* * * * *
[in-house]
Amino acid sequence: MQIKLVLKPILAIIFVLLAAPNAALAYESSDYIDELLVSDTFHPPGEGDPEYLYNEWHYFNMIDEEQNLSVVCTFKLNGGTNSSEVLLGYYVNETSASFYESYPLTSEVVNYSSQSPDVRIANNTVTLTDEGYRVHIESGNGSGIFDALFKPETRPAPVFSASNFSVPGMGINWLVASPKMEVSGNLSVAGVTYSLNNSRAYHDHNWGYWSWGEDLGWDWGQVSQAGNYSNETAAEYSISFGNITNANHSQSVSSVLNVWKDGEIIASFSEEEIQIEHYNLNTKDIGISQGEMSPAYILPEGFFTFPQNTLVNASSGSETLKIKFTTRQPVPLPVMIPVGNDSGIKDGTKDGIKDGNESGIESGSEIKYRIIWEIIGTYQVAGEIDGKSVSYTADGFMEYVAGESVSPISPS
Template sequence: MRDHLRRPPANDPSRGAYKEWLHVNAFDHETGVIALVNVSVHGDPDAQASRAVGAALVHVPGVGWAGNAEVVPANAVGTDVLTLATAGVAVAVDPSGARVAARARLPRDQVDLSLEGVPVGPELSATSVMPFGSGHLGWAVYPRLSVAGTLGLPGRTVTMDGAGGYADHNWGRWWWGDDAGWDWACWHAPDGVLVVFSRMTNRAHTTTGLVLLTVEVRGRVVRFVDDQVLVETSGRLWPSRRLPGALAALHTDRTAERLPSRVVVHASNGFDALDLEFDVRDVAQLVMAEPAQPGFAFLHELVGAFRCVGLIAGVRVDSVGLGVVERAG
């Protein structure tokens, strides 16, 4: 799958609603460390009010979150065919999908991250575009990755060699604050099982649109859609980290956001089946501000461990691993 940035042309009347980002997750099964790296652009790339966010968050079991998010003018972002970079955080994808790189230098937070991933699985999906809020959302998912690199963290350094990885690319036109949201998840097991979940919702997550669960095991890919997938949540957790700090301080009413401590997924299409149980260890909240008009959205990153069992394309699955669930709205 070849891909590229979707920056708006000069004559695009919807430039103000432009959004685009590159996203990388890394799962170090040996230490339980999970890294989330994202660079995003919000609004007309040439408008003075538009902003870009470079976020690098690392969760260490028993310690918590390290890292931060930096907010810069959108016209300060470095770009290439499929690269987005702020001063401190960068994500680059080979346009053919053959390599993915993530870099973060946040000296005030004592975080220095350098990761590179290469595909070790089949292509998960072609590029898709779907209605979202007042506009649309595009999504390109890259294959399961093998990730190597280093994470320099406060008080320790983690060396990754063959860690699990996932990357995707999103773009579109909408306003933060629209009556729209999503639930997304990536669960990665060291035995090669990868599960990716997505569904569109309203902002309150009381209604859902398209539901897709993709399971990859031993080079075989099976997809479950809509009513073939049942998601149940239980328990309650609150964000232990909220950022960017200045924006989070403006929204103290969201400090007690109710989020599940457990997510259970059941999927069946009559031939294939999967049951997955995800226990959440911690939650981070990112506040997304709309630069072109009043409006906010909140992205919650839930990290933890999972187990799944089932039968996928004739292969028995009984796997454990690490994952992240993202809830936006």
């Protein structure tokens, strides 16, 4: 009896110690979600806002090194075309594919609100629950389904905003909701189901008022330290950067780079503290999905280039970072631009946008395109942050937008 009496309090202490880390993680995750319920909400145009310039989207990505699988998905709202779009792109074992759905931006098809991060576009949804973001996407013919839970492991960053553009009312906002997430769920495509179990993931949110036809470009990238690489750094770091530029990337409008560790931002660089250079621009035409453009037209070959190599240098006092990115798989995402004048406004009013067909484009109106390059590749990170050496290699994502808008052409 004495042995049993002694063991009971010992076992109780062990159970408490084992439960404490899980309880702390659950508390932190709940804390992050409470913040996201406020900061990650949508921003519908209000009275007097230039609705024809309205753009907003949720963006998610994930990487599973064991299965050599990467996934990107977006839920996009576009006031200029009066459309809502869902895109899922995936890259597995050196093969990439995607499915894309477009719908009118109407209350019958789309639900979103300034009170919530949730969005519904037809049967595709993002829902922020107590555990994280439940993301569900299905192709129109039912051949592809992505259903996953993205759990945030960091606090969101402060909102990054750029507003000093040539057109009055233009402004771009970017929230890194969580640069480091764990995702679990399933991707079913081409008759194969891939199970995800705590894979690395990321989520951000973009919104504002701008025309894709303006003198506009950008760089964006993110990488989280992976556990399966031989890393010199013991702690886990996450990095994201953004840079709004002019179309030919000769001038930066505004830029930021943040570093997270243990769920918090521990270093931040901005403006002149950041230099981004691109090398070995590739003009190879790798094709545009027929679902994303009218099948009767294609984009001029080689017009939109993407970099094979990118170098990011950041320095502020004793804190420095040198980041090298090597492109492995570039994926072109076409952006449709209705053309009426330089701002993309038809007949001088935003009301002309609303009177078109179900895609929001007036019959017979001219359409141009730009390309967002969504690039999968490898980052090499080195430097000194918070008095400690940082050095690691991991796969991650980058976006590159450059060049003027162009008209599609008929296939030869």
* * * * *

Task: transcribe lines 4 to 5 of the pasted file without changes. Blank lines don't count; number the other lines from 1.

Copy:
């Protein structure tokens, strides 16, 4: 799958609603460390009010979150065919999908991250575009990755060699604050099982649109859609980290956001089946501000461990691993 940035042309009347980002997750099964790296652009790339966010968050079991998010003018972002970079955080994808790189230098937070991933699985999906809020959302998912690199963290350094990885690319036109949201998840097991979940919702997550669960095991890919997938949540957790700090301080009413401590997924299409149980260890909240008009959205990153069992394309699955669930709205 070849891909590229979707920056708006000069004559695009919807430039103000432009959004685009590159996203990388890394799962170090040996230490339980999970890294989330994202660079995003919000609004007309040439408008003075538009902003870009470079976020690098690392969760260490028993310690918590390290890292931060930096907010810069959108016209300060470095770009290439499929690269987005702020001063401190960068994500680059080979346009053919053959390599993915993530870099973060946040000296005030004592975080220095350098990761590179290469595909070790089949292509998960072609590029898709779907209605979202007042506009649309595009999504390109890259294959399961093998990730190597280093994470320099406060008080320790983690060396990754063959860690699990996932990357995707999103773009579109909408306003933060629209009556729209999503639930997304990536669960990665060291035995090669990868599960990716997505569904569109309203902002309150009381209604859902398209539901897709993709399971990859031993080079075989099976997809479950809509009513073939049942998601149940239980328990309650609150964000232990909220950022960017200045924006989070403006929204103290969201400090007690109710989020599940457990997510259970059941999927069946009559031939294939999967049951997955995800226990959440911690939650981070990112506040997304709309630069072109009043409006906010909140992205919650839930990290933890999972187990799944089932039968996928004739292969028995009984796997454990690490994952992240993202809830936006």
């Protein structure tokens, strides 16, 4: 009896110690979600806002090194075309594919609100629950389904905003909701189901008022330290950067780079503290999905280039970072631009946008395109942050937008 009496309090202490880390993680995750319920909400145009310039989207990505699988998905709202779009792109074992759905931006098809991060576009949804973001996407013919839970492991960053553009009312906002997430769920495509179990993931949110036809470009990238690489750094770091530029990337409008560790931002660089250079621009035409453009037209070959190599240098006092990115798989995402004048406004009013067909484009109106390059590749990170050496290699994502808008052409 004495042995049993002694063991009971010992076992109780062990159970408490084992439960404490899980309880702390659950508390932190709940804390992050409470913040996201406020900061990650949508921003519908209000009275007097230039609705024809309205753009907003949720963006998610994930990487599973064991299965050599990467996934990107977006839920996009576009006031200029009066459309809502869902895109899922995936890259597995050196093969990439995607499915894309477009719908009118109407209350019958789309639900979103300034009170919530949730969005519904037809049967595709993002829902922020107590555990994280439940993301569900299905192709129109039912051949592809992505259903996953993205759990945030960091606090969101402060909102990054750029507003000093040539057109009055233009402004771009970017929230890194969580640069480091764990995702679990399933991707079913081409008759194969891939199970995800705590894979690395990321989520951000973009919104504002701008025309894709303006003198506009950008760089964006993110990488989280992976556990399966031989890393010199013991702690886990996450990095994201953004840079709004002019179309030919000769001038930066505004830029930021943040570093997270243990769920918090521990270093931040901005403006002149950041230099981004691109090398070995590739003009190879790798094709545009027929679902994303009218099948009767294609984009001029080689017009939109993407970099094979990118170098990011950041320095502020004793804190420095040198980041090298090597492109492995570039994926072109076409952006449709209705053309009426330089701002993309038809007949001088935003009301002309609303009177078109179900895609929001007036019959017979001219359409141009730009390309967002969504690039999968490898980052090499080195430097000194918070008095400690940082050095690691991991796969991650980058976006590159450059060049003027162009008209599609008929296939030869």